In the 1990s the Royal Australian Air Force faces major changes and challenges arising from the need to maintain and enhance its operational capabilities with fewer resources. Air power may have been accorded a pre-eminent role in the defence of Australia due to geostrategic circumstances, but the RAAF has to learn to do more with less. By working smarter, not harder, it should still be possible to retain a qualitative edge.

But other countries- Australia's natural partners in preserving the security of the Asia-Pacific region-are confronted with the same challenge. While Thailand, Malaysia, Singapore and Indonesia all have advanced aerospace systems in their defence acquisition programs, they also face significant budgetary pressures. So what are the prospects for regional cooperation in air power?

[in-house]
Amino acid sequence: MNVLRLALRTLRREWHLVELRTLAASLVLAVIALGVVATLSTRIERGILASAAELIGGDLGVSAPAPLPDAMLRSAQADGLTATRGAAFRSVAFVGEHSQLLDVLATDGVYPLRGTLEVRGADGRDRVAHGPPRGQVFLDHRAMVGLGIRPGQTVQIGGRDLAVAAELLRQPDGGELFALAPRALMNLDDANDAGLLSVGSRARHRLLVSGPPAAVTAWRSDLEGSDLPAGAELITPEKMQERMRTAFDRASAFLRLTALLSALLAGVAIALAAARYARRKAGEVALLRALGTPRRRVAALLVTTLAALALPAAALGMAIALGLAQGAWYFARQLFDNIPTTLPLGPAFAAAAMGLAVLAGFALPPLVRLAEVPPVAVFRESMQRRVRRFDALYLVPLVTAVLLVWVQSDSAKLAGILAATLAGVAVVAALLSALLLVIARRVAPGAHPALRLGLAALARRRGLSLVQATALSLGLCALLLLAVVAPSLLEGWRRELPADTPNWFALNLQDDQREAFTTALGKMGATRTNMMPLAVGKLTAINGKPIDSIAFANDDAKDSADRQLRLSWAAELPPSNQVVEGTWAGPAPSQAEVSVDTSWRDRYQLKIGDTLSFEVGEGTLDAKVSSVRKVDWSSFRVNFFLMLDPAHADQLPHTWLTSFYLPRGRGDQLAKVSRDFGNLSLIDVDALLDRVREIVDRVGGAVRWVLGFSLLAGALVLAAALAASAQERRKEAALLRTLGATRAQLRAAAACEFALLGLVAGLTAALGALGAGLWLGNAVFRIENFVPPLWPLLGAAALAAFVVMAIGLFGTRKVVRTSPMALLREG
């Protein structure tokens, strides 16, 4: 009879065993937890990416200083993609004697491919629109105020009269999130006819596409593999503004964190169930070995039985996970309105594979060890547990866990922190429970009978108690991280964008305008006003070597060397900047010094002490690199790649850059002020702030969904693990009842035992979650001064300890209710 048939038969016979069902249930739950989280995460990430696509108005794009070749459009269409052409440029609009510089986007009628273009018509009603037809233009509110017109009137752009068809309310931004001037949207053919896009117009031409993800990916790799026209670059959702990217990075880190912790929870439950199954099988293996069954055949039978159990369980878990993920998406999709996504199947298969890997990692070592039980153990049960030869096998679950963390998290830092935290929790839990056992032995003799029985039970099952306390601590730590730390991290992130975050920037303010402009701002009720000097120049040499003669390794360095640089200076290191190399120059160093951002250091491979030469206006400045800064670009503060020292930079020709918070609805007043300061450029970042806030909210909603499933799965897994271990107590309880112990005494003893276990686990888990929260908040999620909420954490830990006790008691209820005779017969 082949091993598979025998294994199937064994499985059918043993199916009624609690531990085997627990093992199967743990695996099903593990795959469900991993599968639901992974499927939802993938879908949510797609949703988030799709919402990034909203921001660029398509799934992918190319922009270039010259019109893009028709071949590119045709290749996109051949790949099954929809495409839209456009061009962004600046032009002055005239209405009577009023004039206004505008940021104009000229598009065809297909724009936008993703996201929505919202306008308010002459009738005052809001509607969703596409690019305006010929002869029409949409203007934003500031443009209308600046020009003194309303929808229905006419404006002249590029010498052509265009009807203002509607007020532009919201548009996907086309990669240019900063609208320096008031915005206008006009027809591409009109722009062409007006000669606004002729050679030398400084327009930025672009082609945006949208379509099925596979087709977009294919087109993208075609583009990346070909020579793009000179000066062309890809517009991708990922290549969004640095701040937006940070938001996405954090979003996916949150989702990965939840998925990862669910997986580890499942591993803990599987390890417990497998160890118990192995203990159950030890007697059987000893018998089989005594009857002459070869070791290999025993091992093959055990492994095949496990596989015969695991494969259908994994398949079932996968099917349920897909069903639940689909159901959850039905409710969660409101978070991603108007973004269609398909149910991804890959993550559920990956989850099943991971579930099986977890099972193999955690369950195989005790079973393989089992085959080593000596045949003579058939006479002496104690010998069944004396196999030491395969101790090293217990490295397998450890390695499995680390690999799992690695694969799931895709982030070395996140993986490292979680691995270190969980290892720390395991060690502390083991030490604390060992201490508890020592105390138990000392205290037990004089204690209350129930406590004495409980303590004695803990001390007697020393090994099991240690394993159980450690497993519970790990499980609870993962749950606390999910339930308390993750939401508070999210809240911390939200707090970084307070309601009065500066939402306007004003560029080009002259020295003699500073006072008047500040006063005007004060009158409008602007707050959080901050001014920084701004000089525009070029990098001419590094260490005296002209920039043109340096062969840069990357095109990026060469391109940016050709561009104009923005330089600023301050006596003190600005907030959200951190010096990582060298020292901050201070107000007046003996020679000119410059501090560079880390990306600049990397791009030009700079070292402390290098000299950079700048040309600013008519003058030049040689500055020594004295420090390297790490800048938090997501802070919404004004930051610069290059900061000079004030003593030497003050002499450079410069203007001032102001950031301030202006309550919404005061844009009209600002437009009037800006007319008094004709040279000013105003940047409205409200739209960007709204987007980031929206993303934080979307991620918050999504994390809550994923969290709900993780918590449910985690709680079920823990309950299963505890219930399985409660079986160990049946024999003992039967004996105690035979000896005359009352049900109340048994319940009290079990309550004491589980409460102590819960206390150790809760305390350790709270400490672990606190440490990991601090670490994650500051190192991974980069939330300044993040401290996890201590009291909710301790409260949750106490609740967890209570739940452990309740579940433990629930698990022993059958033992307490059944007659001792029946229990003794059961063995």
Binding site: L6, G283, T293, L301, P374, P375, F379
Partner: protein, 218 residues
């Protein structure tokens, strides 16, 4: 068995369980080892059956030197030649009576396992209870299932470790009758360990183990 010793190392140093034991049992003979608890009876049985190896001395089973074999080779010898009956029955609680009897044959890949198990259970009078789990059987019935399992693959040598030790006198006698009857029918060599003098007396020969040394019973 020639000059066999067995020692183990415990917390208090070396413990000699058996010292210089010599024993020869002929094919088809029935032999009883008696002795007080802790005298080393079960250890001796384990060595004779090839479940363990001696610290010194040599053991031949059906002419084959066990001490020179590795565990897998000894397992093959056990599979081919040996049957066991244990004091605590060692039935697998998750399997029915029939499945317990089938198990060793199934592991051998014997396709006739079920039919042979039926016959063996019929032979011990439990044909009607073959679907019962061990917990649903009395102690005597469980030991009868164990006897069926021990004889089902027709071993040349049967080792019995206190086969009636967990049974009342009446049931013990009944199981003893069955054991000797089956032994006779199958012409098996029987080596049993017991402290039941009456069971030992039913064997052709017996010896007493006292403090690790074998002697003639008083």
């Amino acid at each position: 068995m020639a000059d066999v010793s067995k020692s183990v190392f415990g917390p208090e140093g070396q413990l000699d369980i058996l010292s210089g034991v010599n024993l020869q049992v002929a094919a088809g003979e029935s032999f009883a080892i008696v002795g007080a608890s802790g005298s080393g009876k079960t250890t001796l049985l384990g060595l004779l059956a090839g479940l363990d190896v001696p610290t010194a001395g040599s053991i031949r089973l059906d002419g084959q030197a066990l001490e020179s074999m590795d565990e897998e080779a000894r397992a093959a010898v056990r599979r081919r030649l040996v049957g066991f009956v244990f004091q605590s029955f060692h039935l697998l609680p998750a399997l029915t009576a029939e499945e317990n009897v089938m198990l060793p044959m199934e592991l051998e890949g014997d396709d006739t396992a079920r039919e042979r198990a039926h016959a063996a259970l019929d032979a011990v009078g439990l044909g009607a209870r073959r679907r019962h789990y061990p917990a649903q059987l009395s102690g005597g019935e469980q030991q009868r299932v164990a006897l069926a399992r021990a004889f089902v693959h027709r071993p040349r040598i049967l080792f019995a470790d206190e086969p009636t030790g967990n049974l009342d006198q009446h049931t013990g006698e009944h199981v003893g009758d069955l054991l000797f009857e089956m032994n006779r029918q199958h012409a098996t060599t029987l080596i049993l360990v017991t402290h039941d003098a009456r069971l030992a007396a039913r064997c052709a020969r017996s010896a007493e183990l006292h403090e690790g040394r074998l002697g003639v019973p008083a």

As a platform for addressing current and prospective regional security concerns, this book provides a valuable contribution to exploring ideas and furthering dialogue in an area of vital concern to future regional security

Opening Remarks
Air Marshal I.B. Gration

Australia's Regional Security Policy in the 1990s
Professor P. Dibb

The Malaysian View of Regional Cooperation Prospects
Major General Datuk Ahmad Merican

Defence in New Zealand: Where We've Been and Where We are Going
Air Vice Marshal J.S. Hosie

Why Regional Cooperation is Inevitable
Brigadier General Bey Soo Khidng

The Canadian Air Force Flight PLan: Old Wine, New Bottles
Lieutenant General D. Huddleston

The Role of the Indonesian Air Force in Increasing Regional Resilience
Air Commodore F.X. Soejitno

Closing Address and Summation
Air Marshal I.B. Gration

Plenary Discussion